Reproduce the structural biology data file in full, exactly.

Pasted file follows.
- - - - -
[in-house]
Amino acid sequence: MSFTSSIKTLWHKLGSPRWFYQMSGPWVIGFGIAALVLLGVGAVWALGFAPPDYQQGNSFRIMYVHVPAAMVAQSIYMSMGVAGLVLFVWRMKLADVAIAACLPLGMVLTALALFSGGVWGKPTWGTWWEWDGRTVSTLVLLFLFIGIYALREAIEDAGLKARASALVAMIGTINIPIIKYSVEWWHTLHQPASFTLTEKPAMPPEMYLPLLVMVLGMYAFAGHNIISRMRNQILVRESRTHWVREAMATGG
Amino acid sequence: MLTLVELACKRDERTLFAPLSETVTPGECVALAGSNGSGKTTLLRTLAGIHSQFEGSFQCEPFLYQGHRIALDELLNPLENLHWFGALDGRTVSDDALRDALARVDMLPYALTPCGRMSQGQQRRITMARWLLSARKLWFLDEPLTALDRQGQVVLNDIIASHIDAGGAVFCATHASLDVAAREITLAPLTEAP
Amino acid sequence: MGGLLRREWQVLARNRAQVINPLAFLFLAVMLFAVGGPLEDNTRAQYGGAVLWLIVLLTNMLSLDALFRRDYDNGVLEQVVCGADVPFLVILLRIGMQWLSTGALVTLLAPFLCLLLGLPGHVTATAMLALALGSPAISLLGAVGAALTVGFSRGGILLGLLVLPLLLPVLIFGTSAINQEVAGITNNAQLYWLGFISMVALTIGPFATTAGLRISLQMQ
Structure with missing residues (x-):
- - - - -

[in-house]
Amino acid sequence: MSFTSSIKTLWHKLGSPRWFYQMSGPWVIGFGIAALVLLGVGAVWALGFAPPDYQQGNSFRIMYVHVPAAMVAQSIYMSMGVAGLVLFVWRMKLADVAIAACLPLGMVLTALALFSGGVWGKPTWGTWWEWDGRTVSTLVLLFLFIGIYALREAIEDAGLKARASALVAMIGTINIPIIKYSVEWWHTLHQPASFTLTEKPAMPPEMYLPLLVMVLGMYAFAGHNIISRMRNQILVRESRTHWVREAMATGG
Amino acid sequence: MLTLVELACKRDERTLFAPLSETVTPGECVALAGSNGSGKTTLLRTLAGIHSQFEGSFQCEPFLYQGHRIALDELLNPLENLHWFGALDGRTVSDDALRDALARVDMLPYALTPCGRMSQGQQRRITMARWLLSARKLWFLDEPLTALDRQGQVVLNDIIASHIDAGGAVFCATHASLDVAAREITLAPLTEAP
Amino acid sequence: MGGLLRREWQVLARNRAQVINPLAFLFLAVMLFAVGGPLEDNTRAQYGGAVLWLIVLLTNMLSLDALFRRDYDNGVLEQVVCGADVPFLVILLRIGMQWLSTGALVTLLAPFLCLLLGLPGHVTATAMLALALGSPAISLLGAVGAALTVGFSRGGILLGLLVLPLLLPVLIFGTSAINQEVAGITNNAQLYWLGFISMVALTIGPFATTAGLRISLQMQ
Structure with missing residues (x-):